How Visa built out its fraud-fighting tech with machine learning, Visa Europe's scale

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The fraud challenge faced by issuers and merchants alike has become increasingly complex over the last few years with the prevalence of e-commerce and cross-border payments. Visa's response to these trends has benefited heavily from the global scale it got by reabsorbing Visa Europe in 2016.

Today More than 8,000 issuers in 129 countries have deployed Visa Advanced Authorization (VAA) to help tackle payment card fraud. This expansion capitalized Visa's purchase of Visa Europe, granting it access to multiple issuers in that region — and supercharging the data available to its AI-driven fraud detection engine.

A major use case for VAA is in policing cross-border transactions, a task that would have been much more challenging when Visa and Visa Europe were separate entities (the two split in 2007 in preparation for Visa's IPO). VAA has saved issuers an estimated $25 billion in annual prevented losses, the card network announced Monday.

“Cross-border transactions are an important application for issuers to deploy VAA because our network is global and we can spot fraud trends faster than individual issuers can,” said Ann Ewing, vice president of identity and risk products at Visa.

At the time of reunification, Visa described its plan for Visa Europe as one of exposing that market to the technological developments created by the U.S.-based Visa. And while that has happened, it's also a boon for a fraud system like VAA to have visibility into the data Visa Europe brings.

The efforts at Visa to leverage the massive amounts of data that runs through its network to identify fraud date back to 1993, when it launched the Credit Risk Identification System or CRIS. The CRIS program saved the first 15 issuers on the platform from suffering $20 million in fraud losses in its first year of operation.

The program was renamed Visa Advanced Authorization in 2004 and has experienced continuous upgrades along the way as Visa has learned how to apply lessons through machine learning, which helps it spot new fraud trends as well as mitigate false declines (legitimate transactions that are flagged as possibly fraudulent).

“Visa Advanced Authorization or VAA is one of our flagship products and it’s based on Visa data spanning 200+ countries, trillions of dollars of spend over multiple years of card use” Ewing said. "We take all of that data and score transactions based on 500 risk attributes to inform an issuer about the potential risks in accepting a specific transaction."

With all of that data available to Visa, AI became an essential part of its fraud management strategy.

"AI allows us to examine transaction histories and pattern recognition in a much faster way than we could have done before," Ewing said. "We also have a feedback loop that examines reported fraud that passed through as well as false declines to improve the algorithm. We monitor the model on a regular basis so we can improve its accuracy."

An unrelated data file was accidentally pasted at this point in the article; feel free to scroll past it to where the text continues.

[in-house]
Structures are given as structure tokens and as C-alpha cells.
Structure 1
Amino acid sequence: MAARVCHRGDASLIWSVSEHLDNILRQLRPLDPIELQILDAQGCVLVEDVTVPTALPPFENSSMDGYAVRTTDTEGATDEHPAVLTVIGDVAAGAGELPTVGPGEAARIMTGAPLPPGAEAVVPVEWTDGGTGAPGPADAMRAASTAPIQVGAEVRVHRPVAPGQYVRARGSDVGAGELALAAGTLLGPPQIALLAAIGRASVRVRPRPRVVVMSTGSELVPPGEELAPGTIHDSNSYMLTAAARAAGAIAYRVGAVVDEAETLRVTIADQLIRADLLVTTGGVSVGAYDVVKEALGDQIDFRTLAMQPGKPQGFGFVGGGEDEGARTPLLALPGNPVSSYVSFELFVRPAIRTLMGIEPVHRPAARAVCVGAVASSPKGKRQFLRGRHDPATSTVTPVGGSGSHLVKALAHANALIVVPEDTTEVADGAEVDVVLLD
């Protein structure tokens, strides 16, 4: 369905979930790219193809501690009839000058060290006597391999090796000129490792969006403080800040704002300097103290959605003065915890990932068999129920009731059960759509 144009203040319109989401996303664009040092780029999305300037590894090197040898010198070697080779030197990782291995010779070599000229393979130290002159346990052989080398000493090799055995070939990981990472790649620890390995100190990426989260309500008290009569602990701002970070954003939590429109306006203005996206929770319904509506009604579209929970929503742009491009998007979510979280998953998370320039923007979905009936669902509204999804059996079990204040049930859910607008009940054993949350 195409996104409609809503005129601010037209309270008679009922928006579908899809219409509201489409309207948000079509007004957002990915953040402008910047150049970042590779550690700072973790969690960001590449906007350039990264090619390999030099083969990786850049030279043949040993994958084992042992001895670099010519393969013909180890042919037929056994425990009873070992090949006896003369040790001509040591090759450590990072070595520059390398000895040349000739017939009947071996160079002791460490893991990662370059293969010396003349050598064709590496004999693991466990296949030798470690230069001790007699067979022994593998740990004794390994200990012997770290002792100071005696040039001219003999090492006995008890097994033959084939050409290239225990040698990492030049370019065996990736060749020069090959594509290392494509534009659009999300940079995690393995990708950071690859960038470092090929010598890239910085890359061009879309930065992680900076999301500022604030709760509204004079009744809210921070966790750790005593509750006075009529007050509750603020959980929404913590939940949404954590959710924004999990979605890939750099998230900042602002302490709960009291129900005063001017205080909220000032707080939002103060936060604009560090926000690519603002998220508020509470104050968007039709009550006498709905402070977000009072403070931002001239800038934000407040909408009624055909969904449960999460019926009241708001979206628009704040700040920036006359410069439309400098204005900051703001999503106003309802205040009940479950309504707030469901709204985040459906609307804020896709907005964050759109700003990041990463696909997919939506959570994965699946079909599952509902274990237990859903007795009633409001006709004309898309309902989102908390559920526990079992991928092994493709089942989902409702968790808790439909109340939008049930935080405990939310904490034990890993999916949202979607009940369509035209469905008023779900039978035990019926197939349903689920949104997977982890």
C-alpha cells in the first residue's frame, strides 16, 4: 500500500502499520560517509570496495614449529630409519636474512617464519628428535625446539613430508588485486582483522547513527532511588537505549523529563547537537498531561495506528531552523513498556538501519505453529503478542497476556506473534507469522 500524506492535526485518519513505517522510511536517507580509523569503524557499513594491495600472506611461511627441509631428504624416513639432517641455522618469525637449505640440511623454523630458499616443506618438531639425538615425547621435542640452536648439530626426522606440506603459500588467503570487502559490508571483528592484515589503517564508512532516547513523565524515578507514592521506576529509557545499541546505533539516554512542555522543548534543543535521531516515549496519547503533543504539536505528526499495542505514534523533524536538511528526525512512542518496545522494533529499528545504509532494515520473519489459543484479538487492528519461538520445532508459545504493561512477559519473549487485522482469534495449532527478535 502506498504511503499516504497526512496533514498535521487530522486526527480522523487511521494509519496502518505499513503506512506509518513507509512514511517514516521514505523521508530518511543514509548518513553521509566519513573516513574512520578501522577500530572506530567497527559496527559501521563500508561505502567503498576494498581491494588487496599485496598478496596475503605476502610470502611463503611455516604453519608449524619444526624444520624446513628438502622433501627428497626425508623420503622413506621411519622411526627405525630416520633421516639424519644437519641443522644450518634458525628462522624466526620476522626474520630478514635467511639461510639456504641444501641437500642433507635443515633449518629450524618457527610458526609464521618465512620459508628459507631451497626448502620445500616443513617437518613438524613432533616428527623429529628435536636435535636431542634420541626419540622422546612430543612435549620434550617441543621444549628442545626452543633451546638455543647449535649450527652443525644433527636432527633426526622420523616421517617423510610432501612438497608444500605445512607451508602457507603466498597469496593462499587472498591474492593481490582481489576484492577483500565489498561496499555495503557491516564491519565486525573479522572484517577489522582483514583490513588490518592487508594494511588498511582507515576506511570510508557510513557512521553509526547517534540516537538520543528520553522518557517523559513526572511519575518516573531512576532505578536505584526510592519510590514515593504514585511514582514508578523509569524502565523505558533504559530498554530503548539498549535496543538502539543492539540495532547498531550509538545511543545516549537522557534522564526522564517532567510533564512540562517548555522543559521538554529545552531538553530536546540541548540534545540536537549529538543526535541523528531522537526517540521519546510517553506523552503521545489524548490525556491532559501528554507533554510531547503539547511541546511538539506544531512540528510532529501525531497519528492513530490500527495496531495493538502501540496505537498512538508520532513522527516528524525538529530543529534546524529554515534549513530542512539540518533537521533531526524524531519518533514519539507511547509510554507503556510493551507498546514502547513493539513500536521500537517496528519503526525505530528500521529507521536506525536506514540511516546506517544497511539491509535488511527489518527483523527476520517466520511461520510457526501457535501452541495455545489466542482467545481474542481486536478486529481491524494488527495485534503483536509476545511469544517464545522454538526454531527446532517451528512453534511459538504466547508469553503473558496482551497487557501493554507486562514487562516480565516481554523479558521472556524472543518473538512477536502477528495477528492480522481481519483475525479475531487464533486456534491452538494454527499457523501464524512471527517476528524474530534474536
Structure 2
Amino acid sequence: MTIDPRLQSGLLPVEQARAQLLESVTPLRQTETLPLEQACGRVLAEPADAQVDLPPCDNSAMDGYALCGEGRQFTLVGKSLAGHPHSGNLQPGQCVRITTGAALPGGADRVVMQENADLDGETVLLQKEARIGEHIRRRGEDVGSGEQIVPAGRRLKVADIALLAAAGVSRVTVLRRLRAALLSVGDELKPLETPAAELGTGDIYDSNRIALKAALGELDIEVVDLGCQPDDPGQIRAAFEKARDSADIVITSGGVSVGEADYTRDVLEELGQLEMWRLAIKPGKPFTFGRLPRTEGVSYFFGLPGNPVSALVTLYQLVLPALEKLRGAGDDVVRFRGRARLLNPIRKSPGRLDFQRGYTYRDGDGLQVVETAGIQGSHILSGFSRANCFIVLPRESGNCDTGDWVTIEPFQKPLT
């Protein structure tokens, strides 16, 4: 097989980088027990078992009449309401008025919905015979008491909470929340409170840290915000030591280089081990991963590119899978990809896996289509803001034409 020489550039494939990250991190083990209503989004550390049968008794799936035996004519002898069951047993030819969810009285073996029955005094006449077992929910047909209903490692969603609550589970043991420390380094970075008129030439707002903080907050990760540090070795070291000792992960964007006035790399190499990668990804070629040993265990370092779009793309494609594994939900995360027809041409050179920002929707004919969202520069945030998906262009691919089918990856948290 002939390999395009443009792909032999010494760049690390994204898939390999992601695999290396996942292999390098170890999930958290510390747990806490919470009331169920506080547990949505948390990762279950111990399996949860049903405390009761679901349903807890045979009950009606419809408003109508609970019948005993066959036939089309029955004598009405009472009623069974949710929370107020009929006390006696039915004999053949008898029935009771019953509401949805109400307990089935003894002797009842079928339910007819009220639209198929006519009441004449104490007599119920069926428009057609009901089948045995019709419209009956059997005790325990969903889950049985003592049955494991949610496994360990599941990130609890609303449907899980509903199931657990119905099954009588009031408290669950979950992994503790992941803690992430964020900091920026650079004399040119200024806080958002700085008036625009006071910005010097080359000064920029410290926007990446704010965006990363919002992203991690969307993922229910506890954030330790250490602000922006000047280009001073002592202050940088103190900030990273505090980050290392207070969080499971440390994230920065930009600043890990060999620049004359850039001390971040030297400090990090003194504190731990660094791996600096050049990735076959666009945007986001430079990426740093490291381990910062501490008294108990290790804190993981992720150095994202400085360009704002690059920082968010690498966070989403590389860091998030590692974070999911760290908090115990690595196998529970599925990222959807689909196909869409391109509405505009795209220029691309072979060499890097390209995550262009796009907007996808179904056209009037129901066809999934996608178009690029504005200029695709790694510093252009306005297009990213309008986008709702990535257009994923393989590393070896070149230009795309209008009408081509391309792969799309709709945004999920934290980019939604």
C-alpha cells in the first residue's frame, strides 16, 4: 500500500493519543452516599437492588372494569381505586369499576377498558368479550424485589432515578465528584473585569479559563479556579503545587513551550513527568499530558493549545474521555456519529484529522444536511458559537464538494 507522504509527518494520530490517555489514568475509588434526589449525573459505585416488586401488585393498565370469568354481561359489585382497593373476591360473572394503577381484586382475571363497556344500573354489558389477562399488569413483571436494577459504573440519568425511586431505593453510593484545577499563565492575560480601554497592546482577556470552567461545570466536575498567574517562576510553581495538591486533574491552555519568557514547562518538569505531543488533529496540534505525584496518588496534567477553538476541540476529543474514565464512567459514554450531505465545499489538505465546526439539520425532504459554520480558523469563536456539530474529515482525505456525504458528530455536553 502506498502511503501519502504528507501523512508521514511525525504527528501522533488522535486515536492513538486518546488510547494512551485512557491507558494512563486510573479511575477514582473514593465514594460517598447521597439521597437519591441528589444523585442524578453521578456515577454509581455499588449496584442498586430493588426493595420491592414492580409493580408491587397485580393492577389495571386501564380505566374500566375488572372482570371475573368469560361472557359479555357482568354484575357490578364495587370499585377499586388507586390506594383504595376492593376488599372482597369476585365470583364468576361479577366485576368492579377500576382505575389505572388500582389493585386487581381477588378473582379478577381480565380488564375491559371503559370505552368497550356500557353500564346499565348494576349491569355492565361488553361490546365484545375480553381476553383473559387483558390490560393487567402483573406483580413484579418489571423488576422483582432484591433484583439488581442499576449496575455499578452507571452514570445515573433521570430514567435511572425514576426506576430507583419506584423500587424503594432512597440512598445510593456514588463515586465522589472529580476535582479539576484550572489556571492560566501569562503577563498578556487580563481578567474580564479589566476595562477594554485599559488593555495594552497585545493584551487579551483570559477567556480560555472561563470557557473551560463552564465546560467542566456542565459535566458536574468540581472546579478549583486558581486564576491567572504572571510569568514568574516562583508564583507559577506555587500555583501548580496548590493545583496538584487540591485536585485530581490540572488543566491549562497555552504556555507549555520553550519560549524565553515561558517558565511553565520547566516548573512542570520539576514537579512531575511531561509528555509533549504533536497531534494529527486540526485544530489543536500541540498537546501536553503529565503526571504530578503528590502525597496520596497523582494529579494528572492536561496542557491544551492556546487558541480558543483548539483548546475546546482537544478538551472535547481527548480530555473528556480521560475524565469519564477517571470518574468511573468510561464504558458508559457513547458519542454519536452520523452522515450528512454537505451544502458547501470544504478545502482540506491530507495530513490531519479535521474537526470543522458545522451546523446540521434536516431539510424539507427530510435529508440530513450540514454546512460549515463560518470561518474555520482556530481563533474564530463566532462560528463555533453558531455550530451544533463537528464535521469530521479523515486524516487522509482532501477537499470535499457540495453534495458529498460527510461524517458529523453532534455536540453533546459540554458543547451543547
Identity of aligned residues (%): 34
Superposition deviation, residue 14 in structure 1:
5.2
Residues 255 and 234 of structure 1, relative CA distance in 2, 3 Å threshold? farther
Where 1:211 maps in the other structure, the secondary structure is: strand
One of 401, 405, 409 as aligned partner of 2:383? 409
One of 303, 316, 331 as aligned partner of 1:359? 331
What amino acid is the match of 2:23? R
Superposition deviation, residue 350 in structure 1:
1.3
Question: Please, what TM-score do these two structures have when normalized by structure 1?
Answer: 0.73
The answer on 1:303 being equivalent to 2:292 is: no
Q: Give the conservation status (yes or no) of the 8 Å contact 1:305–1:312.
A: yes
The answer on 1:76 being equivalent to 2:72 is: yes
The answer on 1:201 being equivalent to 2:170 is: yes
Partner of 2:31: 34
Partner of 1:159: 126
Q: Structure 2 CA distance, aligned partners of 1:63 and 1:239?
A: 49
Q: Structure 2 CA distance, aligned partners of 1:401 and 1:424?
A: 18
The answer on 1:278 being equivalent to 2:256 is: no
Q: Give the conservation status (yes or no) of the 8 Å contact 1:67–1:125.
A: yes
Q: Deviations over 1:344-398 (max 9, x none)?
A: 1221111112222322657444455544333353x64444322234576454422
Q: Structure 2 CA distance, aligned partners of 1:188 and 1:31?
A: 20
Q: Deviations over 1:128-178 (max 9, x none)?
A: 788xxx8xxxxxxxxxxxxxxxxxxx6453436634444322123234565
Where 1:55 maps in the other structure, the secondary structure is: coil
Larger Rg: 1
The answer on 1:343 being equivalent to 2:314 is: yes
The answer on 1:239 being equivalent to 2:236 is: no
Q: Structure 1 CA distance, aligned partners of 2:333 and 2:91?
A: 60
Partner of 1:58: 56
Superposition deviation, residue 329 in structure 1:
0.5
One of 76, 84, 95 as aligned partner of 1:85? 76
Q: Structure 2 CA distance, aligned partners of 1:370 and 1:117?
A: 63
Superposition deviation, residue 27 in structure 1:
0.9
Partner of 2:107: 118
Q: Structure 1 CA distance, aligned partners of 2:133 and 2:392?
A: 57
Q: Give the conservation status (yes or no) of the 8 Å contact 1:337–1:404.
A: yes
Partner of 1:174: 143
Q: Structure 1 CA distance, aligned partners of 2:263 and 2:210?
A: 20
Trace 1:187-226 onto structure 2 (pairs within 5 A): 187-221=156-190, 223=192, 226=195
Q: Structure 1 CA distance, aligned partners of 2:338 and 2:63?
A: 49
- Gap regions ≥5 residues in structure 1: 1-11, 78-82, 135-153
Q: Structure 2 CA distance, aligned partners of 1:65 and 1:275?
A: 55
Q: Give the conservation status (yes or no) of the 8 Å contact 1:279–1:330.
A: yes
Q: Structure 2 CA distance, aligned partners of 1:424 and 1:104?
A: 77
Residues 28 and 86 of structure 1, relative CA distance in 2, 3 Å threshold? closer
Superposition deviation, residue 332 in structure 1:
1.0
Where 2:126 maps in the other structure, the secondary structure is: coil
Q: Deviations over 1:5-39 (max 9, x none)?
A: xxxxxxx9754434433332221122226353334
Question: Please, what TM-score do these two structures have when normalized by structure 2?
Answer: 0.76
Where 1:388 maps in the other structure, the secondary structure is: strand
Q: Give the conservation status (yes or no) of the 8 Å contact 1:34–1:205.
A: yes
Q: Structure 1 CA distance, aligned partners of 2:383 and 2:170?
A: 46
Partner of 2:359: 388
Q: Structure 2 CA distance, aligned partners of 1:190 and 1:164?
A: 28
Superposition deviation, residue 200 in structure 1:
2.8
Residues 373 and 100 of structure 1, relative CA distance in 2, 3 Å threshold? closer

While the growth of e-commerce in the Americas, Europe, and Asia, has made it significantly easier for consumers to shop 24x7x365 it has also opened up a new and lucrative avenue for criminals in which to commit fraud.

Significant efforts have been made by all card networks to defeat the rise of fraud and to appease chargeback weary merchants. Earlier this year Mastercard acquired the Toronto-based fraud detection firm Ethoca to complement its dual 2017 acquisitions of the biometric and behavioral analytics firm NuData and AI-powered fraud software provider Brighterion.

“Platforms like Visa’s VAA and Mastercard’s EMS [Expert Monitoring Solutions] are excellent illustrations of the value of investing in and applying advanced analytics to better manage the increasing threat of fraud," Trace Fooshee, senior analyst in the fraud and AML practice at Aite Group. "Because they have access to the entire network’s transactional data, their fraud analytics tools are particularly well positioned in their capacity to provide a more accurate and holistic perspective on the validity of the transaction."

By deploying multiple tools offered by the networks or third parties, individual issuers can assemble a multi-layered defensive solution. Visa also offers additional fraud fighting tools such as its Visa Risk Manager, Visa Consumer Authentication Services (VCAS) and CyberSource Decision Manager.

“Most issuers use more than one risk model to get a more accurate prediction of fraud," Fooshee said. "Each risk model has its own unique strengths and weaknesses. While each one has value in and of itself, they work considerably better when they work in concert to provide a 360-degree view of the transaction.”

AI and machine learning techniques are increasingly important to prevention payment fraud, noted Tim Sloane, vice president of payments innovation at Mercator Advisory Group.

“Issuers need to be particularly vigilant regarding false positives and there are companies that specialize in machine learning models that do nothing but catch false positives to allow the transaction to be processed – again think layers,” added Sloane.

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Artificial intelligence Card fraud Payment fraud Fraud prevention Fraud detection Visa
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